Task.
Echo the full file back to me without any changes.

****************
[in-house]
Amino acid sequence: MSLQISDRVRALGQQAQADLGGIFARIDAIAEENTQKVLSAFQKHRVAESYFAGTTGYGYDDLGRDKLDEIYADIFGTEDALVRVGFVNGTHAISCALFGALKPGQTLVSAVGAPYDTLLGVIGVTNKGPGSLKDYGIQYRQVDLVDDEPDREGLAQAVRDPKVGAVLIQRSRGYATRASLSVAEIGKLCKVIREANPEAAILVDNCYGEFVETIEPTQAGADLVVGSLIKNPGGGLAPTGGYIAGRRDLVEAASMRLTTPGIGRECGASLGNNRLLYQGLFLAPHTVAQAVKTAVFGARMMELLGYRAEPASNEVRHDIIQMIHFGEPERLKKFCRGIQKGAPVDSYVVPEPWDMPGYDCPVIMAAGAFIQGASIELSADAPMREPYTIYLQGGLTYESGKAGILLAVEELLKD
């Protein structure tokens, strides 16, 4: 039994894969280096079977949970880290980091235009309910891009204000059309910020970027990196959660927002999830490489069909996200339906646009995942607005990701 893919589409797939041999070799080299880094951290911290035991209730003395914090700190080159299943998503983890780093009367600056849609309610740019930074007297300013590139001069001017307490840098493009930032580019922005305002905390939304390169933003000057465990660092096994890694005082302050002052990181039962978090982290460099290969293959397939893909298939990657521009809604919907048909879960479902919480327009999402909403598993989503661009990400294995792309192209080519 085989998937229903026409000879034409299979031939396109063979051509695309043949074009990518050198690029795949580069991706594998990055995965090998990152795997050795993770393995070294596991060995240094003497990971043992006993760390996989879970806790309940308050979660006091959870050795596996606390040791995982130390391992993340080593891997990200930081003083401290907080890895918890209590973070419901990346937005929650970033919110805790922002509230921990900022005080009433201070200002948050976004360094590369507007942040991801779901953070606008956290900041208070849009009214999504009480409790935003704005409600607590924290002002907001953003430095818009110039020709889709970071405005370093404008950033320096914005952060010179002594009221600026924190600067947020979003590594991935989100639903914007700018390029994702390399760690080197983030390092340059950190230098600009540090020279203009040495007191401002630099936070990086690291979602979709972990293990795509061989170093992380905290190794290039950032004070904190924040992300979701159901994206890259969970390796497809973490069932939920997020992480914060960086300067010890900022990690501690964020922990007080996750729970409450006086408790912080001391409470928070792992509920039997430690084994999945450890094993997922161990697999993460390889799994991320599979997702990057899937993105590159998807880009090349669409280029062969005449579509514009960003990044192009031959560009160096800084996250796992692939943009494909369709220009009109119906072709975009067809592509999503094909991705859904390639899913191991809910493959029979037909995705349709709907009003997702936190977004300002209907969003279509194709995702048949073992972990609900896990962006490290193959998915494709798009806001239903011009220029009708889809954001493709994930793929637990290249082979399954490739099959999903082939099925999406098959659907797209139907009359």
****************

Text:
[in-house]
Amino acid sequence: MSLQISDRVRALGQQAQADLGGIFARIDAIAEENTQKVLSAFQKHRVAESYFAGTTGYGYDDLGRDKLDEIYADIFGTEDALVRVGFVNGTHAISCALFGALKPGQTLVSAVGAPYDTLLGVIGVTNKGPGSLKDYGIQYRQVDLVDDEPDREGLAQAVRDPKVGAVLIQRSRGYATRASLSVAEIGKLCKVIREANPEAAILVDNCYGEFVETIEPTQAGADLVVGSLIKNPGGGLAPTGGYIAGRRDLVEAASMRLTTPGIGRECGASLGNNRLLYQGLFLAPHTVAQAVKTAVFGARMMELLGYRAEPASNEVRHDIIQMIHFGEPERLKKFCRGIQKGAPVDSYVVPEPWDMPGYDCPVIMAAGAFIQGASIELSADAPMREPYTIYLQGGLTYESGKAGILLAVEELLKD
């Protein structure tokens, strides 16, 4: 039994894969280096079977949970880290980091235009309910891009204000059309910020970027990196959660927002999830490489069909996200339906646009995942607005990701 893919589409797939041999070799080299880094951290911290035991209730003395914090700190080159299943998503983890780093009367600056849609309610740019930074007297300013590139001069001017307490840098493009930032580019922005305002905390939304390169933003000057465990660092096994890694005082302050002052990181039962978090982290460099290969293959397939893909298939990657521009809604919907048909879960479902919480327009999402909403598993989503661009990400294995792309192209080519 085989998937229903026409000879034409299979031939396109063979051509695309043949074009990518050198690029795949580069991706594998990055995965090998990152795997050795993770393995070294596991060995240094003497990971043992006993760390996989879970806790309940308050979660006091959870050795596996606390040791995982130390391992993340080593891997990200930081003083401290907080890895918890209590973070419901990346937005929650970033919110805790922002509230921990900022005080009433201070200002948050976004360094590369507007942040991801779901953070606008956290900041208070849009009214999504009480409790935003704005409600607590924290002002907001953003430095818009110039020709889709970071405005370093404008950033320096914005952060010179002594009221600026924190600067947020979003590594991935989100639903914007700018390029994702390399760690080197983030390092340059950190230098600009540090020279203009040495007191401002630099936070990086690291979602979709972990293990795509061989170093992380905290190794290039950032004070904190924040992300979701159901994206890259969970390796497809973490069932939920997020992480914060960086300067010890900022990690501690964020922990007080996750729970409450006086408790912080001391409470928070792992509920039997430690084994999945450890094993997922161990697999993460390889799994991320599979997702990057899937993105590159998807880009090349669409280029062969005449579509514009960003990044192009031959560009160096800084996250796992692939943009494909369709220009009109119906072709975009067809592509999503094909991705859904390639899913191991809910493959029979037909995705349709709907009003997702936190977004300002209907969003279509194709995702048949073992972990609900896990962006490290193959998915494709798009806001239903011009220029009708889809954001493709994930793929637990290249082979399954490739099959999903082939099925999406098959659907797209139907009359």